I know friends who have been so devastated they can’t bear to see another 12 week scan photo on Facebook, they can’t feel happiness towards another friend’s joy because it’s just too raw, and frankly they think they are going through it alone. They are all living in this secret world of sadness.
I want to tell you about my second miscarriage. When you have a child already you can’t help but plan your lives around this news, what the age gap will be, how they will interact. What work or holiday choices to make. This is a good point for me to say be careful when you talk to people about “age gaps”. What you think is a very innocent comment could well be reminding someone of a child that never was. I have a close friend who lost a baby at full term and you can’t imagine the amount of questions she gets about why her kids are so far apart in age. Seriously, just a little tip!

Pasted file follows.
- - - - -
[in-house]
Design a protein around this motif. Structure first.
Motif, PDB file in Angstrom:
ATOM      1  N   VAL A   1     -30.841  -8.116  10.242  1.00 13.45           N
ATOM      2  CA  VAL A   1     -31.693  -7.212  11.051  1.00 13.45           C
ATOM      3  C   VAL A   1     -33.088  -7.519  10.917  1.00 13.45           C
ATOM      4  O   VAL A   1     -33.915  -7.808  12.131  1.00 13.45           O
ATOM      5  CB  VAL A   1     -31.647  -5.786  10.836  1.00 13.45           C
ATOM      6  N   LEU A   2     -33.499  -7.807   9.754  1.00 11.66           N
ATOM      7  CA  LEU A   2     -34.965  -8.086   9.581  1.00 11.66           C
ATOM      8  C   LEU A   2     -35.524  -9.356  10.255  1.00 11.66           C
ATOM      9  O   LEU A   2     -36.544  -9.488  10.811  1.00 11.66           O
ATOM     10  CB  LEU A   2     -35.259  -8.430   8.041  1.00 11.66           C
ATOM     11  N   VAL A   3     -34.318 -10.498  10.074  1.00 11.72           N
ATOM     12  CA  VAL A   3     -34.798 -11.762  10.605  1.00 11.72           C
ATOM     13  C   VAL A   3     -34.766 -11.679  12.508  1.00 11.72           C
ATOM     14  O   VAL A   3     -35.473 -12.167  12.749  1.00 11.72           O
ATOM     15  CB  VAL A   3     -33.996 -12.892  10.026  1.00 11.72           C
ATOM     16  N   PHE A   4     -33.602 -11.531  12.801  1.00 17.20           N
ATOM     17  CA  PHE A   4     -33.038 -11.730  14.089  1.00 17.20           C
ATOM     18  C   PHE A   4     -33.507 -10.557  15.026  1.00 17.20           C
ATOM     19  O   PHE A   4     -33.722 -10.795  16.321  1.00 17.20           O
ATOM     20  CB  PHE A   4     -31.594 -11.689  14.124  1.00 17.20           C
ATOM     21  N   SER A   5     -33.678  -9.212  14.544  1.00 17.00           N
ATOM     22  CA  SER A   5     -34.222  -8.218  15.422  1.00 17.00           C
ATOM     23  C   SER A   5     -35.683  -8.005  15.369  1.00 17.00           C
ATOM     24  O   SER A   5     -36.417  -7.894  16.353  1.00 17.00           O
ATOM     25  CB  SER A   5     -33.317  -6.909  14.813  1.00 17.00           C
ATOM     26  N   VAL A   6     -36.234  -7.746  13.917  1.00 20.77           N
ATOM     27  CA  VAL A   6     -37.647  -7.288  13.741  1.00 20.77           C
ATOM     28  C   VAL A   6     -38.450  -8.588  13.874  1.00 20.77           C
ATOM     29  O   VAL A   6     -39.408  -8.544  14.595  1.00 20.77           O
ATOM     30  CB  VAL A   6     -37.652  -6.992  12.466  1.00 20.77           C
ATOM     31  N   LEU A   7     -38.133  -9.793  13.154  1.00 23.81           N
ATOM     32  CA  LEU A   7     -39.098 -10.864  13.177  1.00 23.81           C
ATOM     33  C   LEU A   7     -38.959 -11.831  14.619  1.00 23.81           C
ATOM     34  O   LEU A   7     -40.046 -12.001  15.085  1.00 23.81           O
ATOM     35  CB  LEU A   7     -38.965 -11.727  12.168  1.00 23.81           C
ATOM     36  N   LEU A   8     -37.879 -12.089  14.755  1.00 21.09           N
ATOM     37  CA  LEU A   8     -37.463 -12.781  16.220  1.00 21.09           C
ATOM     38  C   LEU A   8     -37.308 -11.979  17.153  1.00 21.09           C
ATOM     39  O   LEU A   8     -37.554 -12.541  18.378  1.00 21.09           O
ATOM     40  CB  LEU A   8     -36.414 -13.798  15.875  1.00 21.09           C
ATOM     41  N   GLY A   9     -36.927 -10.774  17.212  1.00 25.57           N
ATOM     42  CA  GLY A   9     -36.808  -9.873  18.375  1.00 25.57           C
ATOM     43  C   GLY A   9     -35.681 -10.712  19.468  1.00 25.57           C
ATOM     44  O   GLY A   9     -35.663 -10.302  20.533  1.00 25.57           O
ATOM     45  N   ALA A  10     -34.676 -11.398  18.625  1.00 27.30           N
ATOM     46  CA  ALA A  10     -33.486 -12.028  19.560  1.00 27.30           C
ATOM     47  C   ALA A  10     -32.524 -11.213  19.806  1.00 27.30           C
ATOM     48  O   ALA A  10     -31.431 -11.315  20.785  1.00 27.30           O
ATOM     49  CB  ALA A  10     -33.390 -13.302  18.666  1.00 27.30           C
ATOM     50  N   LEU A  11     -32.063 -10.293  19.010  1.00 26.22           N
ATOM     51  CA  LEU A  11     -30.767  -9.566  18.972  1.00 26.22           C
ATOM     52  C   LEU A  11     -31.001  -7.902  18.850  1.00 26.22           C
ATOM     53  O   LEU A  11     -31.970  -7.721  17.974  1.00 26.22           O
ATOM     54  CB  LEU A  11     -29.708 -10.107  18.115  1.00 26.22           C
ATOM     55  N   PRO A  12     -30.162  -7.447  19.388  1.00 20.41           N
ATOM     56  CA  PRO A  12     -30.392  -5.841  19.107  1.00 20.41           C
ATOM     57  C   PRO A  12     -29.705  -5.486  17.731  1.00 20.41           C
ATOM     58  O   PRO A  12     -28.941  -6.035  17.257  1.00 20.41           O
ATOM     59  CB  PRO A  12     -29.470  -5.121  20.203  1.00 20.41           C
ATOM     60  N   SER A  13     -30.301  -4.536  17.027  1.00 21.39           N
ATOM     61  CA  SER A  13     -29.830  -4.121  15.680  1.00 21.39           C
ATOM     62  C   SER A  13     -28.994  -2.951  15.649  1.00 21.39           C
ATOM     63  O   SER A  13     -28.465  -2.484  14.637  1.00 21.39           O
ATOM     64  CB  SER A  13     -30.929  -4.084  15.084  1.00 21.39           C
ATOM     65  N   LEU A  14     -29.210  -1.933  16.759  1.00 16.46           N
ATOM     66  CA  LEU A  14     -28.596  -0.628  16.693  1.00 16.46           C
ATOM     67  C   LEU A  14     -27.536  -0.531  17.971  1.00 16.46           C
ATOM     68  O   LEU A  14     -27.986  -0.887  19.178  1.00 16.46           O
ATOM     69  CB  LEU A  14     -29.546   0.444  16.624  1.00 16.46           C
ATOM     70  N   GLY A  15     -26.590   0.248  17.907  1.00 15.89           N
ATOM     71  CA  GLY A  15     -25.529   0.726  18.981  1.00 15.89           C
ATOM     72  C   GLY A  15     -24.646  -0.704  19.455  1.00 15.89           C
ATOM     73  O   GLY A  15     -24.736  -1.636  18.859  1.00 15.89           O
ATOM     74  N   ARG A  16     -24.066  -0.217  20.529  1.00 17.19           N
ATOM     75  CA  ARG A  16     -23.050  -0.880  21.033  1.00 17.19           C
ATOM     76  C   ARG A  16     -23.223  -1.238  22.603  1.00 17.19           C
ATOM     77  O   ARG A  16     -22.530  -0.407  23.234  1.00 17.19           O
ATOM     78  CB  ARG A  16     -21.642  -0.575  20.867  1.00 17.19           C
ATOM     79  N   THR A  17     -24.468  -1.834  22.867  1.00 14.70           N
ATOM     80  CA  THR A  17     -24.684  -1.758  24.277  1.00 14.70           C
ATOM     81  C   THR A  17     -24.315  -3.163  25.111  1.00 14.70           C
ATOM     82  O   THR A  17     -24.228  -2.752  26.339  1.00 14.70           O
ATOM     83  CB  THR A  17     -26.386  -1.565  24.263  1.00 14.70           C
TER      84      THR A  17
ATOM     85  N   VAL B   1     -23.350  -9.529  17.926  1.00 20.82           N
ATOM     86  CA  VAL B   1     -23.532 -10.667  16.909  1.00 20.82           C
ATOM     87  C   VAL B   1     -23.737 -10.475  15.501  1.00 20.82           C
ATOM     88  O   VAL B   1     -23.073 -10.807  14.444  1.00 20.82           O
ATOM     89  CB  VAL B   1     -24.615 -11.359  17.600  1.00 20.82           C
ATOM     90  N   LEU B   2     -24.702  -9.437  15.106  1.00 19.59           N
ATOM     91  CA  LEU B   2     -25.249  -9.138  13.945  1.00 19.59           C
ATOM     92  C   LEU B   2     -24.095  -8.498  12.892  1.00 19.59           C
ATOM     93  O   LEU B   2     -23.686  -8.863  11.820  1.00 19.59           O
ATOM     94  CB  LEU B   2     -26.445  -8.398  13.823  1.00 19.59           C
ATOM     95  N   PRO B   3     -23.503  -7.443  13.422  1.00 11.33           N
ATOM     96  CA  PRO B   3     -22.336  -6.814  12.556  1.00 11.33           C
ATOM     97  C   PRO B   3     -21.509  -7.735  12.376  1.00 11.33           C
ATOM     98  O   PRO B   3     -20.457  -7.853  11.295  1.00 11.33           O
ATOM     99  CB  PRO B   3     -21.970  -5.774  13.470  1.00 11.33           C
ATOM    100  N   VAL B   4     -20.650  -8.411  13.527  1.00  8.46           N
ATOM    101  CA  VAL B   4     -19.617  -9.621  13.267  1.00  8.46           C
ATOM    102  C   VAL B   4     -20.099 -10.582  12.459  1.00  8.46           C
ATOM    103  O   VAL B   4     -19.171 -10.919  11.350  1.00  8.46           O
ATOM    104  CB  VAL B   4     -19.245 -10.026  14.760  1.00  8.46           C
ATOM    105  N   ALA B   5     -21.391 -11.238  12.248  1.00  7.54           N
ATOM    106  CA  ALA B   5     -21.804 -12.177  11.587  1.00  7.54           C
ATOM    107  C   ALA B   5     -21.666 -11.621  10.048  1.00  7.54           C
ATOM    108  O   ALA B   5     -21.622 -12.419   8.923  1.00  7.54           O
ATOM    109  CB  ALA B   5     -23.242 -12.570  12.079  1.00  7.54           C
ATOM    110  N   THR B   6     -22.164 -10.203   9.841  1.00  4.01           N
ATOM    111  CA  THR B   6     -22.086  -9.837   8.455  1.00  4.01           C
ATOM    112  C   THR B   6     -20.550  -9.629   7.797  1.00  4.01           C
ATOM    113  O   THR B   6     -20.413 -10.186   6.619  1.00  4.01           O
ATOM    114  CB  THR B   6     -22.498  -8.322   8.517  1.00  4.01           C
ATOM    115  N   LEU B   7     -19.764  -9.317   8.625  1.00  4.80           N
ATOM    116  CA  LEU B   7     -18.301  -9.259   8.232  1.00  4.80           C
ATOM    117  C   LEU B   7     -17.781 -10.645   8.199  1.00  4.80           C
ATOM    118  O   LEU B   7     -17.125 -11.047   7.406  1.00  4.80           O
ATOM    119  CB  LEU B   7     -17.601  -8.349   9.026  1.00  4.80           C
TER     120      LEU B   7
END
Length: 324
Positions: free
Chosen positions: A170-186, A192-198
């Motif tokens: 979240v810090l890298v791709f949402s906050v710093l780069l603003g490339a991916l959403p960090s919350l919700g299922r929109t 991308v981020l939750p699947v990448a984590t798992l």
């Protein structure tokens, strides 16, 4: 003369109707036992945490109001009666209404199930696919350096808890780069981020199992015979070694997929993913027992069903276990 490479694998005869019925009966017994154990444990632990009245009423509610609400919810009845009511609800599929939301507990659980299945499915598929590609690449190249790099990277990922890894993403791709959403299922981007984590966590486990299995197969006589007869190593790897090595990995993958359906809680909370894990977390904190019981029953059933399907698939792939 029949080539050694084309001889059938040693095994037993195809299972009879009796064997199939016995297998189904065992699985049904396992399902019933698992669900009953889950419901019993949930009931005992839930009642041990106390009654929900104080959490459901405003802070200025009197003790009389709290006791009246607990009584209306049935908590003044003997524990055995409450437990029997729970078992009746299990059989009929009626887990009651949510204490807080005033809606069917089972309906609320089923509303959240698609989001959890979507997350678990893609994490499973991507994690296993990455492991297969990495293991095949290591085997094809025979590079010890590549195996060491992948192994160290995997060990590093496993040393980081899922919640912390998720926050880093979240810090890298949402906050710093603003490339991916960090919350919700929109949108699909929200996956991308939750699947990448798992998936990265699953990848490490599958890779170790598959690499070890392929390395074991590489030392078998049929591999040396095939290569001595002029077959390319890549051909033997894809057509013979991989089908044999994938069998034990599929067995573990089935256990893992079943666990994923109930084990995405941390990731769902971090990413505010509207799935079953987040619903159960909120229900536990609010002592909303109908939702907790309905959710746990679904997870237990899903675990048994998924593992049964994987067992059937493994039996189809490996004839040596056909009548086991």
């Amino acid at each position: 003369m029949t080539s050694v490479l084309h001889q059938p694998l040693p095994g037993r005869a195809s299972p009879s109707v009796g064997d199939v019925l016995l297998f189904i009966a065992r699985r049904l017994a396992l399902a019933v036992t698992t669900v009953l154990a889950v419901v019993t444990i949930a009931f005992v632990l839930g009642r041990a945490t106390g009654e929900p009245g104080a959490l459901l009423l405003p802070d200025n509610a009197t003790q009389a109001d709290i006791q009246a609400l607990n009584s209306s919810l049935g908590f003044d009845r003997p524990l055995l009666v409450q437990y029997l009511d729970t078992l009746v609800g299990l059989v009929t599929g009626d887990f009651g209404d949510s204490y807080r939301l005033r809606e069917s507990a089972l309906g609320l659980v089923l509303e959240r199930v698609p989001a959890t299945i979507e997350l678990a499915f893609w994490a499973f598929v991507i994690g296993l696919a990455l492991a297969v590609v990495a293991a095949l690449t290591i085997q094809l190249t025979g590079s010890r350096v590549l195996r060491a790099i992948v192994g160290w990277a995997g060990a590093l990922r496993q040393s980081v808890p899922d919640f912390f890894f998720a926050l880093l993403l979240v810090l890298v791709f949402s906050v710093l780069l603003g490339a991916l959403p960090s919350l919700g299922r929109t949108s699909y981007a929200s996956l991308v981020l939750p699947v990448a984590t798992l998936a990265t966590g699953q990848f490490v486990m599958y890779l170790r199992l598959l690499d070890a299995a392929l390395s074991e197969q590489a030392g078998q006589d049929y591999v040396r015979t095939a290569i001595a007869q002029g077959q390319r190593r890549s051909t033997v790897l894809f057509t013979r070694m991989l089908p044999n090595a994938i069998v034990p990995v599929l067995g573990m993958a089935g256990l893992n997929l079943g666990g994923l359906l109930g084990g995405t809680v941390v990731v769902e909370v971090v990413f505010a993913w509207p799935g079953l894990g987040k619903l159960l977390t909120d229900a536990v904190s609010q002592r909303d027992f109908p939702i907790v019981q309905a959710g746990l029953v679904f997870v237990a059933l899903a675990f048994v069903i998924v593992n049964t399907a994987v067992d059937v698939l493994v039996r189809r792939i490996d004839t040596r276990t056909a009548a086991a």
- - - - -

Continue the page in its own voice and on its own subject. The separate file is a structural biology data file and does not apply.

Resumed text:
My body is not great during pregnancy, in fact I hated every second of being pregnant (another taboo that I’ll write about one day). I was bed bound and everything made me feel sick and dizzy. I threw out everything that was perfumed, my deodorant, even my moisturiser. I changed my diet completely, gave up caffeine and alcohol (no mean feat for me) and couldn’t walk let alone exercise. When I found out we had lost the baby I couldn’t help thinking that my poor body had carried for a total of 6 months without a baby to show at the end of it (again, I must point out here that two 12 week miscarriages is not atypical, sadly this can be “normal”).